Anchoring that is this large, white-walled room, rife with felt cubes for chairs and fake grass on the floor and indie pop playing from the speaker system. The vibe is very startup-y. “This is the ‘do’ space,” Waller says, “the whole thing is an innovation space.” This is where they debate the feeling of lightness and other “critical attributes” that go into engineering a piece of clothing. “The feeling of ‘light’ is more than just the weight of a thing,” Waller starts in. “The feeling of ‘light’ is how it interacts with your body and how it flows in the environment that you are in. Whether it needs to be tight, it needs to be loose, it needs to be highly flexible or highly stretchy or cool to touch or warm to touch. All of those things come together in a certain sort of priority order to make you feel light.” Note the switch at the end: it is not about the clothing being light, it is about the person feeling light in the clothing.

“Regardless of what we can show in a laboratory, perception is reality,” he says. “So it doesn’t matter if we say this is going to make you faster, warmer, lighter; you have to experience that.”

To do that, Waller tries to look at factors with an association to what athletes think is possible. He looks at stretch and modulus (“the power of the fabric, the resistance to stretch”) and hand feel (“the touch of the fabric”) and even noise (sometimes a strength, but usually a negative — we often associate noise and crunchiness with something uncomfortable). Then his team engineers based on requirements for particular athletes in particular situations. “If we’re building a run product we’re working with a runner. And if we’re building a run product for warm weather, we’re working with a runner who runs in warm weather.” To that end, they use the Whitespace as a place of minimized variables, but often they take testing into the real world. “Regardless of what we can show in a laboratory, perception is reality,” he says. “So it doesn’t matter if we say this is going to make you faster, warmer, lighter; you have to experience that.”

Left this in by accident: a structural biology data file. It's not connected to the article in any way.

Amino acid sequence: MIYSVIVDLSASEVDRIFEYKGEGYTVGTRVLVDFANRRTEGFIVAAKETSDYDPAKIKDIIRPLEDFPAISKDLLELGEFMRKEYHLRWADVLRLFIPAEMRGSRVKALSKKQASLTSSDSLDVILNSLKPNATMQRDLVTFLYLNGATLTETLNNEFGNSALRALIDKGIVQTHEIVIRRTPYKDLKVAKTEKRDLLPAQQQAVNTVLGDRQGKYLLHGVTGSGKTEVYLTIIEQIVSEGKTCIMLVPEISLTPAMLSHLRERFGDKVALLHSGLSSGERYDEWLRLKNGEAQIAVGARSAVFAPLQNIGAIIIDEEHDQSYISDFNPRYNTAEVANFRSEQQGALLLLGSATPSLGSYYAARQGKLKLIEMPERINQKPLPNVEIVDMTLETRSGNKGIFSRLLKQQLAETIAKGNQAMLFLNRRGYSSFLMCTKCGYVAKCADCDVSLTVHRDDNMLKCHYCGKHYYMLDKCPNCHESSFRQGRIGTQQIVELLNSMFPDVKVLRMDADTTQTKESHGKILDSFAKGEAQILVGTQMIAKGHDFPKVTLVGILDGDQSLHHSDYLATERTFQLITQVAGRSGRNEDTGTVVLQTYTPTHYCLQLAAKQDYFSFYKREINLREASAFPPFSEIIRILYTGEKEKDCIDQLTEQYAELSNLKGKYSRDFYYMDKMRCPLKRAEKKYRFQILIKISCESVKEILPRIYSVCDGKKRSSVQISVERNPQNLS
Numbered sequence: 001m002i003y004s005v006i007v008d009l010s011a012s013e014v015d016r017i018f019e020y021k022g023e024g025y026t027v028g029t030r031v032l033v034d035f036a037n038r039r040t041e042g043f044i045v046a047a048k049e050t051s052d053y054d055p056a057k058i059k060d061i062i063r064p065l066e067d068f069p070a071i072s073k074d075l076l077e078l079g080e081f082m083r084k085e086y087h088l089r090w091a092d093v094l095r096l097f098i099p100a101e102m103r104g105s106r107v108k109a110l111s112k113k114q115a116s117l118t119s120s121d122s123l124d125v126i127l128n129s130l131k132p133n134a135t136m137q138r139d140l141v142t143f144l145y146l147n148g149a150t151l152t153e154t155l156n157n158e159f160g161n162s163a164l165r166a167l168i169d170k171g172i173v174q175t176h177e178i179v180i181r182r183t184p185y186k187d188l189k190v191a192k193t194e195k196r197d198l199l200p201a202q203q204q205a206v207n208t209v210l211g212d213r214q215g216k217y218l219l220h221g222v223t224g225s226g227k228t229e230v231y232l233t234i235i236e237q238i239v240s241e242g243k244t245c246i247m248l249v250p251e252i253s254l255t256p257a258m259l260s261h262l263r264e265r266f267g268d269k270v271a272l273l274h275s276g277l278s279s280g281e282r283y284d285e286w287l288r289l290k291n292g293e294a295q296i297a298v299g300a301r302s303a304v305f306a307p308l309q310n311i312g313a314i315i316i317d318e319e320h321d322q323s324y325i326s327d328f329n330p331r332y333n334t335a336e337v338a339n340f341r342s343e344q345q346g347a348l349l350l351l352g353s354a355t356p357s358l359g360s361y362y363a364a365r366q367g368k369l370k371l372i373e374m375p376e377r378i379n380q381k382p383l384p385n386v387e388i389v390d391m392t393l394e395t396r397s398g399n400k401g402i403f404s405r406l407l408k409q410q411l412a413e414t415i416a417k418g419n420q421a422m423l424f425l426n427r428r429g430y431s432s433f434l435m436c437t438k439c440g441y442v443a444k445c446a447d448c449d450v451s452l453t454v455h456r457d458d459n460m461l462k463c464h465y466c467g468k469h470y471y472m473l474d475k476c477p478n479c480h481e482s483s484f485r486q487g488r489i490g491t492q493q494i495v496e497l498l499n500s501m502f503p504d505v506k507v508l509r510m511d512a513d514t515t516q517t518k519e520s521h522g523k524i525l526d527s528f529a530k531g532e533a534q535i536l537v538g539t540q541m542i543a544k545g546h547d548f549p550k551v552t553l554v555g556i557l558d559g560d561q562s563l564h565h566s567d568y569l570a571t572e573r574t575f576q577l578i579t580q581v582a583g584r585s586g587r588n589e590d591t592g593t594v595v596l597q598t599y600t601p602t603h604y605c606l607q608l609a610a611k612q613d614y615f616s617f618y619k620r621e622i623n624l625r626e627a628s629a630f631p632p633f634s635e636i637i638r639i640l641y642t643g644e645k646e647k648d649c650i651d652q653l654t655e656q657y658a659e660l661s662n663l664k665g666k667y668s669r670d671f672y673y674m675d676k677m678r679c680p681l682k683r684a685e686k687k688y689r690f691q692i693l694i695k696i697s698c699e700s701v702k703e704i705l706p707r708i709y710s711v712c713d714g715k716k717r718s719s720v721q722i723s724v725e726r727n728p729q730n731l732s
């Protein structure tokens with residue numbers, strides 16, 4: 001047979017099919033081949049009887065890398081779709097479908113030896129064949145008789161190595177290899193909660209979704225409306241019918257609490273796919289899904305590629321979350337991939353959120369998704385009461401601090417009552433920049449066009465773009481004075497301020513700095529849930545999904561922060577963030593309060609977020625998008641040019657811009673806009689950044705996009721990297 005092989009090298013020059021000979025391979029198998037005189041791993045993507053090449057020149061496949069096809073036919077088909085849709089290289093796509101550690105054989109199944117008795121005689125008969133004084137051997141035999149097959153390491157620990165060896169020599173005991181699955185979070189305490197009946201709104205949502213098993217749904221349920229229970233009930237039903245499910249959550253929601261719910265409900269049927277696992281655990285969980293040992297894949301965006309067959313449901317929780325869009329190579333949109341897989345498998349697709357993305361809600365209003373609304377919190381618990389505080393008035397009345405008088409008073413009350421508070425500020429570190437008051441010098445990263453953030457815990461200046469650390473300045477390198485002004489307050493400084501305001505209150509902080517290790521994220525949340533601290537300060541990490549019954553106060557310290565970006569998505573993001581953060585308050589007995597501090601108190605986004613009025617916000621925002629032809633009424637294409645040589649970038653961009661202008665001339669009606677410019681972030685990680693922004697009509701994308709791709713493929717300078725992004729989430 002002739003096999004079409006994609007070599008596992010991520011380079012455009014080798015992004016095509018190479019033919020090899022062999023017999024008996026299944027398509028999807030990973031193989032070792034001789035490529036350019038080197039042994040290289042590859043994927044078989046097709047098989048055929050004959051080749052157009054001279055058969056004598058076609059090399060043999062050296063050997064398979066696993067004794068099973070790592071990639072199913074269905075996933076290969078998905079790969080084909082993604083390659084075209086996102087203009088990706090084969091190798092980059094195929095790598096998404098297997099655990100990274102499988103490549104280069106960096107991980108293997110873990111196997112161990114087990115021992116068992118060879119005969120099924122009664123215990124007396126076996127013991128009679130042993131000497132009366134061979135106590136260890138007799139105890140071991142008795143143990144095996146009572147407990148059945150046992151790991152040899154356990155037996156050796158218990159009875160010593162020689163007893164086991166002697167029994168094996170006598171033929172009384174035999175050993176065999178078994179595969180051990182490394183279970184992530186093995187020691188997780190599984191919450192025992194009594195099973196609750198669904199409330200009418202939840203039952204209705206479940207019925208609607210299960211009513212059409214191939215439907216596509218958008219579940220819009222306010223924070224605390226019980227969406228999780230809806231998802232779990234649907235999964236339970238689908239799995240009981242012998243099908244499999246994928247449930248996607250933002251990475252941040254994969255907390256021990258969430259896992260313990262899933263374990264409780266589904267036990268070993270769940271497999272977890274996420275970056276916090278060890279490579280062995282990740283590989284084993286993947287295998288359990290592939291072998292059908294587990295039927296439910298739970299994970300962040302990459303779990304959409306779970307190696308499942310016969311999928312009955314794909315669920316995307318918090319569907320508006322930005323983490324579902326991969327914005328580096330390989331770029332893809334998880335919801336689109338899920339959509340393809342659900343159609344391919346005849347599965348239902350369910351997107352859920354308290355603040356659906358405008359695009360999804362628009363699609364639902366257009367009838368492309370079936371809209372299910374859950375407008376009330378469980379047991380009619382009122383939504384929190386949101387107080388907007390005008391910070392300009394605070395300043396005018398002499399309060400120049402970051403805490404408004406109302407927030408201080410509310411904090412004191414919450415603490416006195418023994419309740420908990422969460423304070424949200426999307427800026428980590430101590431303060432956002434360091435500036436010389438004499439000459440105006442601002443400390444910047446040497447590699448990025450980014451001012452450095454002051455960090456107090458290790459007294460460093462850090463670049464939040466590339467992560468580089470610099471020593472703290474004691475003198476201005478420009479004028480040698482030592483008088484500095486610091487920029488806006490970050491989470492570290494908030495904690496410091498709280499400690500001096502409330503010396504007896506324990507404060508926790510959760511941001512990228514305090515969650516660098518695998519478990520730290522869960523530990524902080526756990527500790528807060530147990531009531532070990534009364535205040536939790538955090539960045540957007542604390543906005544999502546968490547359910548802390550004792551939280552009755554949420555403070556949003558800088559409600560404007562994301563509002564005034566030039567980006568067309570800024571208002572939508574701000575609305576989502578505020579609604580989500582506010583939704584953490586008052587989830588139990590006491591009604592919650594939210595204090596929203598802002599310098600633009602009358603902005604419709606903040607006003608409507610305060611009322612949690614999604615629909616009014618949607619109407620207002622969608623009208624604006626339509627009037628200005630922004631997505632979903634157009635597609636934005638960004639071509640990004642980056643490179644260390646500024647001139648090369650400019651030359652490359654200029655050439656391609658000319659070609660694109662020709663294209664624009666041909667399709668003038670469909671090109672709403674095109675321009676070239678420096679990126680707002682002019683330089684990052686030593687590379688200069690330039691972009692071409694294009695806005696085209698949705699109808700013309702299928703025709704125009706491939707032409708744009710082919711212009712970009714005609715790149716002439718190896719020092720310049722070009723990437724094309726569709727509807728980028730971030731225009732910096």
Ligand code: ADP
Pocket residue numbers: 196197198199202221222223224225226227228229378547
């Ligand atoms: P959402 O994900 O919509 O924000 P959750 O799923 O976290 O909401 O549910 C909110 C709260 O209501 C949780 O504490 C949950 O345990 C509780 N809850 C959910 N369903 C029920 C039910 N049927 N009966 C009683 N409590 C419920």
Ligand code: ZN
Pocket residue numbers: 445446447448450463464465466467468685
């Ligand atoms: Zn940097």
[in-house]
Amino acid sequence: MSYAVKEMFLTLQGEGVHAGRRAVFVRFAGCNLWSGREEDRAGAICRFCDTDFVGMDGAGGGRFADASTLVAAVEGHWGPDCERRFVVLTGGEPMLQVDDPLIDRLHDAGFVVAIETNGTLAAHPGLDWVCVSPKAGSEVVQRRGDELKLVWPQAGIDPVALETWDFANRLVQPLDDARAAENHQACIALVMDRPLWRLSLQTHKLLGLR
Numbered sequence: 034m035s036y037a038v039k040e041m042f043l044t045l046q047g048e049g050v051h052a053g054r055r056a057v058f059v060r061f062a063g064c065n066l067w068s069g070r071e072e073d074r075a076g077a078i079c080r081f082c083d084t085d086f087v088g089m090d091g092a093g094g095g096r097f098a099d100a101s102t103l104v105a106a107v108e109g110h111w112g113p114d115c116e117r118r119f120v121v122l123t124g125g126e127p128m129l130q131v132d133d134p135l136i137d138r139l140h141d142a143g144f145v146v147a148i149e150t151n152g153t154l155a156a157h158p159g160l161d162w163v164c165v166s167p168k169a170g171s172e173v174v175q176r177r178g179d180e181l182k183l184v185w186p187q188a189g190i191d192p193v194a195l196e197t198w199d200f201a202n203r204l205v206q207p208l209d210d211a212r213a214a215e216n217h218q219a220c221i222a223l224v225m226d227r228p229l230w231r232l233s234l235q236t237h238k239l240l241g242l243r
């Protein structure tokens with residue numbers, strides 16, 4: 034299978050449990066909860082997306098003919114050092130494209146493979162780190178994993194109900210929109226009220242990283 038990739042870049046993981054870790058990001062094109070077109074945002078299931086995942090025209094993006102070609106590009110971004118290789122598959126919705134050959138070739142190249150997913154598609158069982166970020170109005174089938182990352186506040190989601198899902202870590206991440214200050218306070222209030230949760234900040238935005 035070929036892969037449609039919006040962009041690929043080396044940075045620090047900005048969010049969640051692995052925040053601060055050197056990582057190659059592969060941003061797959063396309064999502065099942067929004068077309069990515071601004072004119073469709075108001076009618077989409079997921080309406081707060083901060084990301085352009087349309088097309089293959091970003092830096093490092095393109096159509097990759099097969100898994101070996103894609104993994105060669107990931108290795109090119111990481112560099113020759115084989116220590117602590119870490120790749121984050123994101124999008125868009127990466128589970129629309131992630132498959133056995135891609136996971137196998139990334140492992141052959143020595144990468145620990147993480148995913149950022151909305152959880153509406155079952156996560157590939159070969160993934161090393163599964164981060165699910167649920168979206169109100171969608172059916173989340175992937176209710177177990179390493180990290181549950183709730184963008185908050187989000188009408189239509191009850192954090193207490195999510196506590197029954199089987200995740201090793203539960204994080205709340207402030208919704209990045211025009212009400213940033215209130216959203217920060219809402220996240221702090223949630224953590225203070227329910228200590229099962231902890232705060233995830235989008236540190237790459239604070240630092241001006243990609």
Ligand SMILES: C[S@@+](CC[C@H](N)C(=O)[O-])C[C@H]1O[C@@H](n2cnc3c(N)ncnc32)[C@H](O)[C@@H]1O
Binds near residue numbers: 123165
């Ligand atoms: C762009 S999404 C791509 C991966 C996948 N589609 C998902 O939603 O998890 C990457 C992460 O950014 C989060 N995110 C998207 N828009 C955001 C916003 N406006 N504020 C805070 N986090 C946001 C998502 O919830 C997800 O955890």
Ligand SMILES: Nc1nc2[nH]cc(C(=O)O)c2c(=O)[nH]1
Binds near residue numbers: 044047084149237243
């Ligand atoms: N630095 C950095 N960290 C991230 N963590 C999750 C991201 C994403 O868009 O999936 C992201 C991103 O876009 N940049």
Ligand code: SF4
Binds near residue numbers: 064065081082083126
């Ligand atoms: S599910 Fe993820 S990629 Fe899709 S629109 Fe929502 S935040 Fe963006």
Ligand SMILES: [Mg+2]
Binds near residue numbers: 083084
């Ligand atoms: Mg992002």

Delving into complexity is never far from Waller’s psyche, especially when working with human athletes. “People always prefer what they are used to. So we have to be very, very aware when we’re creating a disruptive sensory experience,” he says. They use a perception-mapping tool — essentially, a set of direct questions — to interrogate an athlete’s perceptions, and then take that benchmark to understand useful data for their own purposes. Then they take that data back to the products.

The end result is, hopefully, clothing that inspires athletes to reach their full potential. If Waller has done his work right, he will have calculated all the physical, mental and emotional factors a garment will have on an athlete, and he will have reduced any inhibiting factors within that garment. It’s a complicated and nuanced and difficult process, one that fits with Waller’s timelines — he’s typically working five or 10 years into the future. (“The future is exciting, but I can’t talk too much about that.”)

Lululemon, and Waller’s team, is banking on him getting it right. If not, he’ll start again. It’s his disposition — an inevitable tick for a tinkerer, engineer, designer, inventor, athlete. “I’ve always been inherently dissatisfied with the world,” he says. “It’s what qualifies me to disrupt the world; I’m never satisfied with it. All I ever do is try to change it.”